Plenty of employees can perform simple tasks for the sheep, but they don’t care for the sheep at all. They will save their own skin when the wolf howls. But Jesus is so, so different. He is the good shepherd. He knows his sheep, and he lays down his life for his sheep. Notice that nowhere in this passage do we see a discussion of money, large houses, swimming pools, or everlasting youth. The way Jesus uses this phrase has nothing to do with material possessions or anything doctors or therapists can offer. He intends something much better.
Perhaps you’ve heard that Jesus didn’t just come to give life, he came to give abundant life. You may have seen teachers urge that Christians should not be poor, should not be sad, should not be sick, should not be lacking in any blessings God can give. After all, how does a less than existence match up with an abundant life?
When we learn to read the Bible properly—not as a series of isolated words and phrases—we find that some familiar phrases take on entirely new meanings.
Jesus uses the “abundant life” phrase to a group of Pharisees in John 10. Importantly, these Pharisees gathered after a controversy surrounding Jesus’s healing of a blind man.
In John 9:1–7, Jesus comes across a man born blind. He anoints the man’s eyes with mud, tells him to go wash in the pool of Siloam, and the man comes back with sight. This starts several rounds of questioning from the Pharisees directed at both this man and his parents. No one wants to proclaim Jesus as the Messiah for fear of the Jews (John 9:22).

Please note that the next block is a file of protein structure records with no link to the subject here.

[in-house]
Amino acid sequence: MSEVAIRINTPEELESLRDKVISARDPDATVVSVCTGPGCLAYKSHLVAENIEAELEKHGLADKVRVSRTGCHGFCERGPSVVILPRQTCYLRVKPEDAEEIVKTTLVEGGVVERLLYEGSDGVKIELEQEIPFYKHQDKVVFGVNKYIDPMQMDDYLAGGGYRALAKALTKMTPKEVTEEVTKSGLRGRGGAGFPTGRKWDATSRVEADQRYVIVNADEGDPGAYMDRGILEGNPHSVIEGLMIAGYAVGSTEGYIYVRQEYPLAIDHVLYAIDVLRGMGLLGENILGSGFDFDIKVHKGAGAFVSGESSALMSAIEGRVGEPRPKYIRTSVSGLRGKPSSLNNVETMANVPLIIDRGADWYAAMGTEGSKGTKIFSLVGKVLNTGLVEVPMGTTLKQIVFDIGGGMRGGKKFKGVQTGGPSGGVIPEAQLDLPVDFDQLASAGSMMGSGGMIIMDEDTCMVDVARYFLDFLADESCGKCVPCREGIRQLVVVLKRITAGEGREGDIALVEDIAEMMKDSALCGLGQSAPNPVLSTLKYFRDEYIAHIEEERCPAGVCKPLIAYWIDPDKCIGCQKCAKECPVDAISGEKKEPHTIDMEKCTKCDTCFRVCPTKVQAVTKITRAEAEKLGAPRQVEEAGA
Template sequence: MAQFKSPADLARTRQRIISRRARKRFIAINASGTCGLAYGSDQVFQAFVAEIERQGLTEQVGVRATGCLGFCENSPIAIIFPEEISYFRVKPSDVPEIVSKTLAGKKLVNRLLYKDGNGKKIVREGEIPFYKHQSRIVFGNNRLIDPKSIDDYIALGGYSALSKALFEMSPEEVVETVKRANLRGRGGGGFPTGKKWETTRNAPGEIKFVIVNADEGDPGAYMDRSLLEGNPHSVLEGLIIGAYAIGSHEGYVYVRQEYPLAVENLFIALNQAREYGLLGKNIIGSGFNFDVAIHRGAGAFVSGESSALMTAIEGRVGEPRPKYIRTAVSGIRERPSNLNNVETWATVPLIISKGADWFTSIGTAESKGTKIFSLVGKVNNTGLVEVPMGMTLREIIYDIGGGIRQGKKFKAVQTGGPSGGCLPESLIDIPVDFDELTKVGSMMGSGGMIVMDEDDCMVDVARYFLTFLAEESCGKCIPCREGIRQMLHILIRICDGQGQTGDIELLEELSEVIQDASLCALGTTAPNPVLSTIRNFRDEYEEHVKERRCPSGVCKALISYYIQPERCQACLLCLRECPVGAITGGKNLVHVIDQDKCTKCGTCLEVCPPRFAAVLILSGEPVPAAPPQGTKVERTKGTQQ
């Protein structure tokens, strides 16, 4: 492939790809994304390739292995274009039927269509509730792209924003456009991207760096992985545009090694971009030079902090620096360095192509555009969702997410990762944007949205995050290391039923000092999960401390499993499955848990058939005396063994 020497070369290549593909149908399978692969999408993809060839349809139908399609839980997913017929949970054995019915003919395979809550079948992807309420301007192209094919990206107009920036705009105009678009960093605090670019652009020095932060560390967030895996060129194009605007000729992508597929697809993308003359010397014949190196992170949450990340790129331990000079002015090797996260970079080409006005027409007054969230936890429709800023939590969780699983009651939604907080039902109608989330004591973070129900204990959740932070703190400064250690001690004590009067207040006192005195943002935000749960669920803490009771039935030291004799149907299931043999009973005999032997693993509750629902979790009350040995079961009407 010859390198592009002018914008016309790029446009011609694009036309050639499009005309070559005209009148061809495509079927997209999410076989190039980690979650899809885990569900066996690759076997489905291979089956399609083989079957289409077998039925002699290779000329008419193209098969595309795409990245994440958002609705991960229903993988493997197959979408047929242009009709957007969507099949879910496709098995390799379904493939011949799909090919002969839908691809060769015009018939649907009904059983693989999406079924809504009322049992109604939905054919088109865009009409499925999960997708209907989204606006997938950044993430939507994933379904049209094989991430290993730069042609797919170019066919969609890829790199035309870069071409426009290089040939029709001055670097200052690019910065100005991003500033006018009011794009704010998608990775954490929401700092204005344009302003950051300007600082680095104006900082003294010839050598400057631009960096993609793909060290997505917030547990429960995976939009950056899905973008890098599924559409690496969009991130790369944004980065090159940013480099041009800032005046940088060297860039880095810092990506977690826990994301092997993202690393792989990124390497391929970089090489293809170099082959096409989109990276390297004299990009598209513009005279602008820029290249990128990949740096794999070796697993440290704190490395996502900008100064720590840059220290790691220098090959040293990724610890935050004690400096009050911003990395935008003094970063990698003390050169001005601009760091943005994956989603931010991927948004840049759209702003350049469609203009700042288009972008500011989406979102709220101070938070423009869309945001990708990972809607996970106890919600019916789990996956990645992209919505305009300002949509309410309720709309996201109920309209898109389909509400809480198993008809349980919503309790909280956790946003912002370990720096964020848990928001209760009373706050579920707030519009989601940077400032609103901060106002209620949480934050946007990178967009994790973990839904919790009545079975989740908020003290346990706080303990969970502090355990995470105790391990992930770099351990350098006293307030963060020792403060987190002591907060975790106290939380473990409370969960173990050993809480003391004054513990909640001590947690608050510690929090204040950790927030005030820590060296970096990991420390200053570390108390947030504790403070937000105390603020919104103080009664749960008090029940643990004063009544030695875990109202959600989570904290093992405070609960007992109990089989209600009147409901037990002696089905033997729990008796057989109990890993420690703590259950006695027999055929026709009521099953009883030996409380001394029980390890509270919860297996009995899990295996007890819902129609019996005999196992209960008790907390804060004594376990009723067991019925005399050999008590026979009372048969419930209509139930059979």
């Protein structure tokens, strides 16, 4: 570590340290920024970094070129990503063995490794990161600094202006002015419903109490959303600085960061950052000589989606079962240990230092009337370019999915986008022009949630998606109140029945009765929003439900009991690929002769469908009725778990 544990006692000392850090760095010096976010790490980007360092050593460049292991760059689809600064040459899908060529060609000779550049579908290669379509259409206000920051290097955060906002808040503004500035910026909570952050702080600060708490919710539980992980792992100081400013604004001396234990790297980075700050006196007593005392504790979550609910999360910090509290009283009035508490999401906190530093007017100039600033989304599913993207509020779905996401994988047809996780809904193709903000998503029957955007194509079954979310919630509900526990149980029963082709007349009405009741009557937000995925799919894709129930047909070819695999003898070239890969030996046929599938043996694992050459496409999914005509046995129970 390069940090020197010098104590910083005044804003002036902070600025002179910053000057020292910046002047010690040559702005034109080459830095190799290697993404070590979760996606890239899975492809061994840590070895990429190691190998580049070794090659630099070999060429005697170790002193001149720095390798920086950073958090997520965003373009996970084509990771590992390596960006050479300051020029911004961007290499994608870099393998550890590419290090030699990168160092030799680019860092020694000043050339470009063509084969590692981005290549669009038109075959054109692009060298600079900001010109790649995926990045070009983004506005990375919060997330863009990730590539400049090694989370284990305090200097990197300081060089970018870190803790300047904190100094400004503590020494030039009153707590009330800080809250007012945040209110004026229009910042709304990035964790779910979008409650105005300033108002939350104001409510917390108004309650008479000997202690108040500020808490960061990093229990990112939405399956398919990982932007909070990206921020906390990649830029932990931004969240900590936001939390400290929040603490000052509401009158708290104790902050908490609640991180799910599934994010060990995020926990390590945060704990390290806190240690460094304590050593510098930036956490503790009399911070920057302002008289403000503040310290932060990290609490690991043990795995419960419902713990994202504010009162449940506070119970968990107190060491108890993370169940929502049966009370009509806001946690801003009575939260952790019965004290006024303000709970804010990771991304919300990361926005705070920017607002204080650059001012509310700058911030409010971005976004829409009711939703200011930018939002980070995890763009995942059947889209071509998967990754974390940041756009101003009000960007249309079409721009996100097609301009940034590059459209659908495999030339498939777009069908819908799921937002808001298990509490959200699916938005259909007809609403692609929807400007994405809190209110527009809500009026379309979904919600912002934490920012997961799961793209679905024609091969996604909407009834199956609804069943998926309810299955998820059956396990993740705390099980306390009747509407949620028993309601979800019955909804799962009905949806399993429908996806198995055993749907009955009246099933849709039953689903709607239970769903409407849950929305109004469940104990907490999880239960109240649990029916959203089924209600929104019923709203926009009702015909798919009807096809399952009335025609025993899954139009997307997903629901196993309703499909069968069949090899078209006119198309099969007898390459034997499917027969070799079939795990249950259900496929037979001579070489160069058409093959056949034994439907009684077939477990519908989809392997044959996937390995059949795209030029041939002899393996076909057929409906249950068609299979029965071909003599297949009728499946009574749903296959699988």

However, the man’s life has been changed so dramatically, he cannot help himself. He tells the Pharisees that this man is clearly from God, and the Pharisees cast him out (John 9:33–34). Jesus seeks out the man again, and he confesses Jesus as Lord (John 9:38). The purpose of the healing is realized; the miracle points back to Jesus.
Jesus, the Good Shepherd
Jesus launches into an extended figure of speech that leaves the Pharisees confused.
Jesus first tells the Pharisees about the shepherd of the sheep. The sheep will follow the shepherd, because they know his voice. But they will not follow a stranger with a strange voice (John 10:1–6).
Since this first use of a sheep/shepherd metaphor is confusing, Jesus reloads. He uses different metaphors.